Once asleep, the real challenge began. The participants aimed to replicate this control within their lucid dreams. Upon successfully entering a lucid dream—verified by a series of pre-agreed eye movements to signal consciousness within the dream—they attempted to navigate the virtual car, responding to obstacles as they had trained. The dreamers’ muscle movements, picked up by the EMG sensors, were translated into movements of the virtual car on a screen, observed in real-time by the research team.
Over the course of the study, the participants induced 18 lucid dreams, with attempts to control the virtual car made in 12 of these instances. Despite some technical hiccups, the researchers recorded 12 successful moves and 28 appropriate turns in response to obstacles within the virtual environment.
Detailed accounts from the participants revealed varied experiences, with some managing straightforward navigation and others facing challenges such as malfunctioning equipment or difficulty in generating detectable muscle signals. Despite these hurdles, the study confirmed the feasibility of two-way interaction within lucid dreams, opening up new avenues for exploration in dream control and its applications.
“The most exciting part of the experiment is that almost all lucid dreamers could do this (if they could fall asleep with all the cords, etc.). All we need is to build more convenient tech, and everybody could use it for different goals,” Raduga told PsyPost.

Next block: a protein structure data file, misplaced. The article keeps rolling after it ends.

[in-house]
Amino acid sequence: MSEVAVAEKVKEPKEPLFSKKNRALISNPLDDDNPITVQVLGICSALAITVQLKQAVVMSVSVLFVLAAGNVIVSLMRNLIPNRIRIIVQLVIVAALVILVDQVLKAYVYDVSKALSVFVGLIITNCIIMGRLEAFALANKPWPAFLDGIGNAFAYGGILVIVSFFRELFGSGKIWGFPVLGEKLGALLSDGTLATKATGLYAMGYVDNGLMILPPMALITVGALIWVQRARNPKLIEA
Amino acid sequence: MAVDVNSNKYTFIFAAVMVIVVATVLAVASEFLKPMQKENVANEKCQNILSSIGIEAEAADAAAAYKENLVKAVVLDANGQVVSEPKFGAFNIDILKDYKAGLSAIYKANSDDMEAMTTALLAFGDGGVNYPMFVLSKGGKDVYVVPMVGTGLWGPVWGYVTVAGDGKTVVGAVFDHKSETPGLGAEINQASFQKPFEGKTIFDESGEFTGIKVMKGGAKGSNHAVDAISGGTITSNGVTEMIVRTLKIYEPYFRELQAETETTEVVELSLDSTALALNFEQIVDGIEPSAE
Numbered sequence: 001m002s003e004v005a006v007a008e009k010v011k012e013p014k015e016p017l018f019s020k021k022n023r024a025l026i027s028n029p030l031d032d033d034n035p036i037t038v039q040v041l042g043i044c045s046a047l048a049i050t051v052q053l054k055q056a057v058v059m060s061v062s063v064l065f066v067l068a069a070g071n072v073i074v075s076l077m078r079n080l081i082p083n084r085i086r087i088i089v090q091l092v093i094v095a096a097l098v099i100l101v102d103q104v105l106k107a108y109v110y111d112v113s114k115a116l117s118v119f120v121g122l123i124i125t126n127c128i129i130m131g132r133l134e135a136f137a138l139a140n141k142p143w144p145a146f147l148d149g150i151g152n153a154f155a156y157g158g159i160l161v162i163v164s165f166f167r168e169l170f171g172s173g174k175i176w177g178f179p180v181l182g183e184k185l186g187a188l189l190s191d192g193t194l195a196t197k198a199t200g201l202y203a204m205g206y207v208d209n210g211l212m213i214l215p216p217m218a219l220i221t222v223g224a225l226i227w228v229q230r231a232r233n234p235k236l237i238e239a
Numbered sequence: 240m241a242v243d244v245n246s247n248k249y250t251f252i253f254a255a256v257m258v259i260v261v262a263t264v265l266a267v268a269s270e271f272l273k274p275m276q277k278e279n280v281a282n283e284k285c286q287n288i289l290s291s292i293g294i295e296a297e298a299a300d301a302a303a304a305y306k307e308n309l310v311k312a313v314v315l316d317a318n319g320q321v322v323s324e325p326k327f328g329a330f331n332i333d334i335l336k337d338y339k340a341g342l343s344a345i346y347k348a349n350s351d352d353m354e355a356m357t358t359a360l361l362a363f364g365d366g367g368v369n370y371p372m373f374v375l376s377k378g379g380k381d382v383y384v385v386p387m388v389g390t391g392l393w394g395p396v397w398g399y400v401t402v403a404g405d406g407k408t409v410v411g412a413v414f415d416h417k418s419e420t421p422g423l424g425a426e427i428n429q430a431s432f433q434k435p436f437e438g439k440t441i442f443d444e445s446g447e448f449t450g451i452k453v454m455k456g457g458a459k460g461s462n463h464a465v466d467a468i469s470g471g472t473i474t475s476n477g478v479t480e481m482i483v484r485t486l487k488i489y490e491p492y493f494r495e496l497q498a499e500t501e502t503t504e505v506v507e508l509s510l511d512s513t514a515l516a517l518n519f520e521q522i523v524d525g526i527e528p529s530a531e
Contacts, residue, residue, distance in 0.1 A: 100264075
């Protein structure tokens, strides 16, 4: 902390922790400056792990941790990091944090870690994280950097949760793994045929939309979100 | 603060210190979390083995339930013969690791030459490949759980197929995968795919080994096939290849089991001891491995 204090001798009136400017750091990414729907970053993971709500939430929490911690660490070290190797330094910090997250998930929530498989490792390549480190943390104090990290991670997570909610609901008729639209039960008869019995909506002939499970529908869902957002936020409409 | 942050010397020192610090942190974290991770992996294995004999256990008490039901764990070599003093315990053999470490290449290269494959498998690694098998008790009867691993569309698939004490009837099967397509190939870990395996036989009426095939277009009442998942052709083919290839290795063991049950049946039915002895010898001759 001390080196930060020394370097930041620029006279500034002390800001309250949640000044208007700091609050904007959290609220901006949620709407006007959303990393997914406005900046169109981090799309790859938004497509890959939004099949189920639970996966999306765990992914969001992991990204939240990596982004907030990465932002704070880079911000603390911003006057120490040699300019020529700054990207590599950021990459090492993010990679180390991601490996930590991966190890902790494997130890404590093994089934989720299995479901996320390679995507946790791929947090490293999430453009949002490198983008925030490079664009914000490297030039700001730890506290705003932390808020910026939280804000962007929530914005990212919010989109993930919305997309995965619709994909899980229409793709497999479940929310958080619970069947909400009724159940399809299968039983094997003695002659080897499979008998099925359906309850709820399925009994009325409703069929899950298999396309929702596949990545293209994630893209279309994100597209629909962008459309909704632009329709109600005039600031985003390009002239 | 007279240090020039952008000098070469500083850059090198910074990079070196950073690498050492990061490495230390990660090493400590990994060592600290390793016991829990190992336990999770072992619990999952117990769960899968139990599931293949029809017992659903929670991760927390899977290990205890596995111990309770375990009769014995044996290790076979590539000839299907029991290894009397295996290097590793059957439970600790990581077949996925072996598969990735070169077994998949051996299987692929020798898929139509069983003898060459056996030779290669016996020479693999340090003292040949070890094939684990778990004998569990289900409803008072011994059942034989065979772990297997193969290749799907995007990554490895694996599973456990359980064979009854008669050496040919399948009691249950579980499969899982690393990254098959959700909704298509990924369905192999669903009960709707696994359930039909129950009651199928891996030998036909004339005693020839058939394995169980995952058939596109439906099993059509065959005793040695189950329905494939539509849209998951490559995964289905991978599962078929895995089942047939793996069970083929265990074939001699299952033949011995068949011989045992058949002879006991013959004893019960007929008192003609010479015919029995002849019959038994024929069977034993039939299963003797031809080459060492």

However, the study was not without its limitations. Participants sometimes struggled to send strong enough EMG signals from within the dream state, likely due to the natural muscle paralysis that occurs during rapid eye movement (REM) sleep, the sleep stage most associated with vivid dreaming. Additionally, technical issues with sensor sensitivity and placement occasionally hindered the experiment’s success. Moreover, ensuring that feedback signals (like the light indicating an obstacle) were detectable without waking the participant proved challenging.
Looking to the future, the REMspace team envisions a broad spectrum of applications for their findings. Beyond the realm of entertainment, the ability to interact with technology during lucid dreams could have therapeutic benefits, such as treating phobias or enhancing learning. The study lays the groundwork for more ambitious endeavors.
“The primary goal was to build this technology, create a proof of concept, and test it,” Raduga explained. “What for? We have a huge list of how we could use it with further developments. Now we are ready for even more advanced leaps forward.”
“For example, now we can connect dreamers with real physical objects and tech. We can change settings of different gadgets from within a dream, which is very important if we talk about gadgets that help to get into lucid dreams. Now it looks possible to connect to the Internet from dreams as well. And each of these opportunities has many perspectives by its own.”
“Though many researchers were aware that two-way communication from dreams with computers was possible in theory, all other people had no idea that it could go so far,” Raduga added. “There was no technology to demonstrate this lucid dreaming application. So, one of the goals was to demonstrate this two-way communication in general.”
The study, “Two-way control of a virtual avatar from lucid dreams“, was authored by Michael Raduga, Andrey Shashkov, and Andrey Vanin.